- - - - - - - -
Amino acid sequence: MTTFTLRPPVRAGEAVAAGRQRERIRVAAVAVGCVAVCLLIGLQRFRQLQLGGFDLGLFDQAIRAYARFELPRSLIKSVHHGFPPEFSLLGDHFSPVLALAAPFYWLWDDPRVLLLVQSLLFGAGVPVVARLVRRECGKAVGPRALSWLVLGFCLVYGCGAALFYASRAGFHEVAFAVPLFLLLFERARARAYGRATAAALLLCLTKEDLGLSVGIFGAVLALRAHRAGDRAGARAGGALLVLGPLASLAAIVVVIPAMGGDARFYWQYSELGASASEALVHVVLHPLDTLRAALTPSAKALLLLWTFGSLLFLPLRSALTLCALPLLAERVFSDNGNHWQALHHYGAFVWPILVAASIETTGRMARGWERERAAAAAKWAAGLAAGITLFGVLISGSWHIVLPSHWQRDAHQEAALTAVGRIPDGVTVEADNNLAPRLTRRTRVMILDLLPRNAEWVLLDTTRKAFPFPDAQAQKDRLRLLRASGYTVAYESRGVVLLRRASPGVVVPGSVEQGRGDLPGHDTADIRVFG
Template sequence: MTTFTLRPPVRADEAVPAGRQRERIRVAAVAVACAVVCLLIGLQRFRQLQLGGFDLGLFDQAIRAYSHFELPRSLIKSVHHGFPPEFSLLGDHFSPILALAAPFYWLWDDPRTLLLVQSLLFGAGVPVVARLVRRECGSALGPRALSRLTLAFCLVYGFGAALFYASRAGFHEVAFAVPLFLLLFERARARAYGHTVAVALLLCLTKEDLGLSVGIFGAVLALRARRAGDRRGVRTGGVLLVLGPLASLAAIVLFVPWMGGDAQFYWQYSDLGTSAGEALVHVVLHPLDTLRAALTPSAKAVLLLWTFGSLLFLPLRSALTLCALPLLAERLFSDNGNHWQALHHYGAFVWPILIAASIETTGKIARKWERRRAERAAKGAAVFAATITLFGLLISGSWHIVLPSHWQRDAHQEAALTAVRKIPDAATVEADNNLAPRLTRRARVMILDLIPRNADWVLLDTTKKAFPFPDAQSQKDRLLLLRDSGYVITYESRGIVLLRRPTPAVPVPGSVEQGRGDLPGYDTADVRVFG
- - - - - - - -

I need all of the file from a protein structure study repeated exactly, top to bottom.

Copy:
Amino acid sequence: MTTFTLRPPVRAGEAVAAGRQRERIRVAAVAVGCVAVCLLIGLQRFRQLQLGGFDLGLFDQAIRAYARFELPRSLIKSVHHGFPPEFSLLGDHFSPVLALAAPFYWLWDDPRVLLLVQSLLFGAGVPVVARLVRRECGKAVGPRALSWLVLGFCLVYGCGAALFYASRAGFHEVAFAVPLFLLLFERARARAYGRATAAALLLCLTKEDLGLSVGIFGAVLALRAHRAGDRAGARAGGALLVLGPLASLAAIVVVIPAMGGDARFYWQYSELGASASEALVHVVLHPLDTLRAALTPSAKALLLLWTFGSLLFLPLRSALTLCALPLLAERVFSDNGNHWQALHHYGAFVWPILVAASIETTGRMARGWERERAAAAAKWAAGLAAGITLFGVLISGSWHIVLPSHWQRDAHQEAALTAVGRIPDGVTVEADNNLAPRLTRRTRVMILDLLPRNAEWVLLDTTRKAFPFPDAQAQKDRLRLLRASGYTVAYESRGVVLLRRASPGVVVPGSVEQGRGDLPGHDTADIRVFG
Template sequence: MTTFTLRPPVRADEAVPAGRQRERIRVAAVAVACAVVCLLIGLQRFRQLQLGGFDLGLFDQAIRAYSHFELPRSLIKSVHHGFPPEFSLLGDHFSPILALAAPFYWLWDDPRTLLLVQSLLFGAGVPVVARLVRRECGSALGPRALSRLTLAFCLVYGFGAALFYASRAGFHEVAFAVPLFLLLFERARARAYGHTVAVALLLCLTKEDLGLSVGIFGAVLALRARRAGDRRGVRTGGVLLVLGPLASLAAIVLFVPWMGGDAQFYWQYSDLGTSAGEALVHVVLHPLDTLRAALTPSAKAVLLLWTFGSLLFLPLRSALTLCALPLLAERLFSDNGNHWQALHHYGAFVWPILIAASIETTGKIARKWERRRAERAAKGAAVFAATITLFGLLISGSWHIVLPSHWQRDAHQEAALTAVRKIPDAATVEADNNLAPRLTRRARVMILDLIPRNADWVLLDTTKKAFPFPDAQSQKDRLLLLRDSGYVITYESRGIVLLRRPTPAVPVPGSVEQGRGDLPGYDTADVRVFG